Thursday, January 19, 2017
Review: The Song of Achilles
Title: The Song of Achilles
Author: Madeline Miller
Publisher: Bloomsbury Publishing
Year published: 2011
How I got this book: Bought it through BookDepository (affiliate link)
My rating: 5 stars
Greece in the age of heroes. Patroclus, an awkward young prince, has been exiled to the court of King Peleus and his perfect son Achilles. Despite their difference, Achilles befriends the shamed prince, and as they grow into young men skilled in the arts of war and medicine, their bond blossoms into something deeper - despite the displeasure of Achilles' mother Thetis, a cruel sea goddess.
But when the word comes that Helen of Sparta has been kidnapped, Achilles must go to war in distant Troy and fulfill his destiny. Torn between love and fear for his friend, Patroclus goes with him, little knowing that the years that follow will test everything they hold dear.
I have had this on my shelf forever, always wanting to get around to picking it up. I am so glad that I finally did. I didn't have high expectations for this, mainly because I wasn't as excited as I used to be since it spent so long on my shelf, but I was so wrong. This is a novel which has Patroclus and Achilles as its main characters, Achilles being the famous hero from Greek mythology. For me, the fact that I knew quite a lot of the mythology was a big advantage, but it is by no means necessary to be able to enjoy this book.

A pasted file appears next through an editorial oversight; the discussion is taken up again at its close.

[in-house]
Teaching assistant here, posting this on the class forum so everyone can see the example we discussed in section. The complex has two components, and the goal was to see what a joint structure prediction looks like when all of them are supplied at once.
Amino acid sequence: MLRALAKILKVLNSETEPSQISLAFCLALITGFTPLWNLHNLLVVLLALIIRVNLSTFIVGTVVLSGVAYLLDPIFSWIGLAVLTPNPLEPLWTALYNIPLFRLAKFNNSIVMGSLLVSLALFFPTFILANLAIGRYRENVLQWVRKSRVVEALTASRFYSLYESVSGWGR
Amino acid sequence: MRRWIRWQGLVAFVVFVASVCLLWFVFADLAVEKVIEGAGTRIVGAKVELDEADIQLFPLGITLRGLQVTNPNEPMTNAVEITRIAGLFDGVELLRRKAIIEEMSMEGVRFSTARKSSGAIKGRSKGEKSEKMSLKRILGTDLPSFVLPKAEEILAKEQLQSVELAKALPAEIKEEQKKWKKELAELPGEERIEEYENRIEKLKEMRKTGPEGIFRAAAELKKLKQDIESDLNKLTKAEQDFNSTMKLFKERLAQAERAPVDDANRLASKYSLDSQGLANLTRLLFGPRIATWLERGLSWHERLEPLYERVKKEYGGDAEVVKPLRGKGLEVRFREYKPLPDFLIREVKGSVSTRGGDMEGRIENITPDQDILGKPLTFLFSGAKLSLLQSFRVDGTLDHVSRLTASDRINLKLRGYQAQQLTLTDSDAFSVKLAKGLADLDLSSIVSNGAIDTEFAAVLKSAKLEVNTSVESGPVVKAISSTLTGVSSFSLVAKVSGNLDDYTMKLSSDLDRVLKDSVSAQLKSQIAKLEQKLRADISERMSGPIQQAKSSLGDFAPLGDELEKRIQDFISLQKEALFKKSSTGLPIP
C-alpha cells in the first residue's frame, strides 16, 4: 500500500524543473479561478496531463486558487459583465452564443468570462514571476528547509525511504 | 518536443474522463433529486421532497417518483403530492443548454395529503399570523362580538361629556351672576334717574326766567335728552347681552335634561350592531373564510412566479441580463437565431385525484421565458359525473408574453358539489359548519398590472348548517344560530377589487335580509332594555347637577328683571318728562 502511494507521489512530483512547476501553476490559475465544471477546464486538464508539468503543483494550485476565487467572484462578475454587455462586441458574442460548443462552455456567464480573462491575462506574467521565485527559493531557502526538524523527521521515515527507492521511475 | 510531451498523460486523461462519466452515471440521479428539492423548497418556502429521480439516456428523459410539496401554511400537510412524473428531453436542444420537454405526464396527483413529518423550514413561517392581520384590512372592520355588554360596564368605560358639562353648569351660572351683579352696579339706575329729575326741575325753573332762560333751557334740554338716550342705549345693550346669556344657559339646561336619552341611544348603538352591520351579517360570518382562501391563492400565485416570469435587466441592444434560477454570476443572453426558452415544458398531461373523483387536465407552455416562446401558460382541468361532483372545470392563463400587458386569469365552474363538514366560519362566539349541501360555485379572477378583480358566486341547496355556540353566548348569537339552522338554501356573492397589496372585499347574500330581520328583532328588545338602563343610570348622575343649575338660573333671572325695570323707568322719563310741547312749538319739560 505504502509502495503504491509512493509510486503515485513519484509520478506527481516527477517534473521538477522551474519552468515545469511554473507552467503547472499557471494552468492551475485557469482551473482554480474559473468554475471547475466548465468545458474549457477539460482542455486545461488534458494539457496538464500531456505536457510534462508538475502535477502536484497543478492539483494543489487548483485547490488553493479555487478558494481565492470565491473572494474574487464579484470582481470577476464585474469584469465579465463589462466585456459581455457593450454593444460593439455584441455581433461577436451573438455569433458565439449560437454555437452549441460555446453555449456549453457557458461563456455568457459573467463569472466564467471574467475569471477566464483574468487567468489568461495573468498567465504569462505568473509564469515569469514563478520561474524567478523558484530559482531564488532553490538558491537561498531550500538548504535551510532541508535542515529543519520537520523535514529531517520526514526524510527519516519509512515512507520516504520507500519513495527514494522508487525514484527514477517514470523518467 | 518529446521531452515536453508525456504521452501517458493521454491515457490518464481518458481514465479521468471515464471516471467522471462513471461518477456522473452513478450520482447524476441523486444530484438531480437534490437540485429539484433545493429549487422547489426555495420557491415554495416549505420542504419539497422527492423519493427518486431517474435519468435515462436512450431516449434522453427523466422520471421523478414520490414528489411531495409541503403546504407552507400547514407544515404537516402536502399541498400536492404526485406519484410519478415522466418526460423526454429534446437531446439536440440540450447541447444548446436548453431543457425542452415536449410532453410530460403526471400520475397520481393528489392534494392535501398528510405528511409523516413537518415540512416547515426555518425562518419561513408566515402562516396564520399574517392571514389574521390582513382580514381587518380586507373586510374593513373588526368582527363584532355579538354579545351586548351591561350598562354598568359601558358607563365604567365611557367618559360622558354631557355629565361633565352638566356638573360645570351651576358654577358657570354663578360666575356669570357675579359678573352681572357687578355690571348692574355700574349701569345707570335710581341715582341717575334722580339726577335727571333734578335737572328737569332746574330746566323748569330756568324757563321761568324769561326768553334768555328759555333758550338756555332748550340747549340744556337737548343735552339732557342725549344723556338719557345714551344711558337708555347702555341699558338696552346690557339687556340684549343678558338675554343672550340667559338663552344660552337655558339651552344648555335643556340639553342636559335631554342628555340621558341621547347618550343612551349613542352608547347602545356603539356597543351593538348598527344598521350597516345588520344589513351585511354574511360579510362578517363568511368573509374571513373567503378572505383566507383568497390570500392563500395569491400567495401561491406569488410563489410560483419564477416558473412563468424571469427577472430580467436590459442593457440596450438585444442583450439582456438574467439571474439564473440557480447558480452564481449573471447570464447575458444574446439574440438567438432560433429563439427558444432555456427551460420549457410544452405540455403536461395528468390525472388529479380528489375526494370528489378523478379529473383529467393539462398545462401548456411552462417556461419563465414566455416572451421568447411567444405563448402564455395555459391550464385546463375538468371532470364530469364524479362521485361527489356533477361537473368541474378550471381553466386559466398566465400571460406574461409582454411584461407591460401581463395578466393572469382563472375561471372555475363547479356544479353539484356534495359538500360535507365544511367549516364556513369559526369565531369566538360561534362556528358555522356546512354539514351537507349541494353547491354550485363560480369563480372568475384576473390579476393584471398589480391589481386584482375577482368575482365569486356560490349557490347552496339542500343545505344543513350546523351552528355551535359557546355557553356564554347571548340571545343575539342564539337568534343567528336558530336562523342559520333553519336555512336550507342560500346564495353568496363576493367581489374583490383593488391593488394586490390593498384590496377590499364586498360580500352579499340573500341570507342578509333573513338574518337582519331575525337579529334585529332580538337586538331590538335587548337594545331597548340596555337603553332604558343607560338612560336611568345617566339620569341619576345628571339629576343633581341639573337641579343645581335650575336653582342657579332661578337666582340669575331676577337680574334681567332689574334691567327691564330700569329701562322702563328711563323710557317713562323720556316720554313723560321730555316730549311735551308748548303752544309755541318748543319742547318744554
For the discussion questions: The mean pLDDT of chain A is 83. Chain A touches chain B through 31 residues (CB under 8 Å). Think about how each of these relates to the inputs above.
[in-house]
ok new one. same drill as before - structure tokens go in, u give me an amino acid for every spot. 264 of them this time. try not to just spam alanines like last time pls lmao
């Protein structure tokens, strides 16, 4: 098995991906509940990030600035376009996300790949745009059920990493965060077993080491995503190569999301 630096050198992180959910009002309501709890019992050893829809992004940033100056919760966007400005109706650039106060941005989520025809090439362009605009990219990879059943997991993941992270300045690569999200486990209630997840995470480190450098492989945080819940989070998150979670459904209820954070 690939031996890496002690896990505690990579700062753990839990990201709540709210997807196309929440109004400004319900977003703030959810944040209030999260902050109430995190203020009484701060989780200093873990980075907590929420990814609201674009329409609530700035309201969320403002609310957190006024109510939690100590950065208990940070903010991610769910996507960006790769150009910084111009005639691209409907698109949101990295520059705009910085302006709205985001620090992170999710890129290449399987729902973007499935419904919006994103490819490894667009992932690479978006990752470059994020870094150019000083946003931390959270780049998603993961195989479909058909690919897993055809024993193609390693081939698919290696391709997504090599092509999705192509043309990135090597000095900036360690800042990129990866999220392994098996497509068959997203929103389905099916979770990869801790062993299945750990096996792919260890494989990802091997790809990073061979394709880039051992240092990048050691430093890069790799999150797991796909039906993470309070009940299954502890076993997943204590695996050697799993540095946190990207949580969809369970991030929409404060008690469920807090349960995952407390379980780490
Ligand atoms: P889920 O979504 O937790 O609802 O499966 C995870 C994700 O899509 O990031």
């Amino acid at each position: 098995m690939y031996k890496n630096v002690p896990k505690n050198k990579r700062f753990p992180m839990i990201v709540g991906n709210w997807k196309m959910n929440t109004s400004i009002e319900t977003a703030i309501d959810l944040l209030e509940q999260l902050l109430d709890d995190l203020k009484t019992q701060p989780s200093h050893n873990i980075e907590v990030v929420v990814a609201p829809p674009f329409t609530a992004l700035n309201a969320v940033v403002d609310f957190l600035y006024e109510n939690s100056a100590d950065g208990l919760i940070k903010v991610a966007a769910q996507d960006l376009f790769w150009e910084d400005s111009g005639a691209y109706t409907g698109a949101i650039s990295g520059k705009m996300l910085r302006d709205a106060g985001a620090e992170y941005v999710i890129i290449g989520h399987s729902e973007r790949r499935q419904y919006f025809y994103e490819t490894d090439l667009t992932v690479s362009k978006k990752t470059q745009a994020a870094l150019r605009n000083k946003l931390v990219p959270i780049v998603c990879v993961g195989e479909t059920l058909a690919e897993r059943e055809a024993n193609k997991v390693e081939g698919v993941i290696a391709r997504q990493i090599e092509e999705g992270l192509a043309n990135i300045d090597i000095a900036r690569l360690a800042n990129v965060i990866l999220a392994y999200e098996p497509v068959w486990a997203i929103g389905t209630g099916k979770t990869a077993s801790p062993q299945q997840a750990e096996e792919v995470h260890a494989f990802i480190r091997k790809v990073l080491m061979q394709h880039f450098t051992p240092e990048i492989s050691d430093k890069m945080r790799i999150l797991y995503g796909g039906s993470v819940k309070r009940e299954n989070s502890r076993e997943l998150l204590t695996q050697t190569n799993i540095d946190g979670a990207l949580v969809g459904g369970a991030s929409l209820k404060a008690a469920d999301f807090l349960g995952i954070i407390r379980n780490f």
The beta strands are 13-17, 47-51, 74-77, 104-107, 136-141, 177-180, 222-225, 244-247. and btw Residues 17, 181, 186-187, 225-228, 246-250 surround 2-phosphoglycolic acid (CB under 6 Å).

The friendship and romance is this book's strong suit. Even though I knew how it would end, I couldn't help rooting for them, and hoping that maybe, just this time, it would end differently. The fact that it didn't, no surprise there, still broke my heart. You connect with the characters, and you want the best for them.
One of the most interesting parts of it, to me, was how Achilles changed during the Trojan war. We follow him, as his reputation and destiny goes to his head, and his pride gets too much. We see him through Patroclus eyes, and how much Achilles is hurting Patroclus and the others around him, because of his pride. Achilles goes from being this lovable character, so someone you want to shake and yell at, to get it together. In the end, Patroclus deserved so much better. Yes, it was obvious Achilles still loved him, but he also loved himself more.
At the end of the day, this is probably not going to be a book for everyone, though I wish it was. It includes LGBTQ+ themes, without forcing them on you or making it seem forced. It is a fantastic story, and I wish everyone would read it. I will definitely be recommending this to a couple of my friends, and hope they will read it as well. If you are interested in Greek mythology, or this book seems interesting, you should give it a try. If you don't like it, you can always put it down, but you'll never know unless you try it.
Buy this book?
BookDepository (worldwide, affiliate link)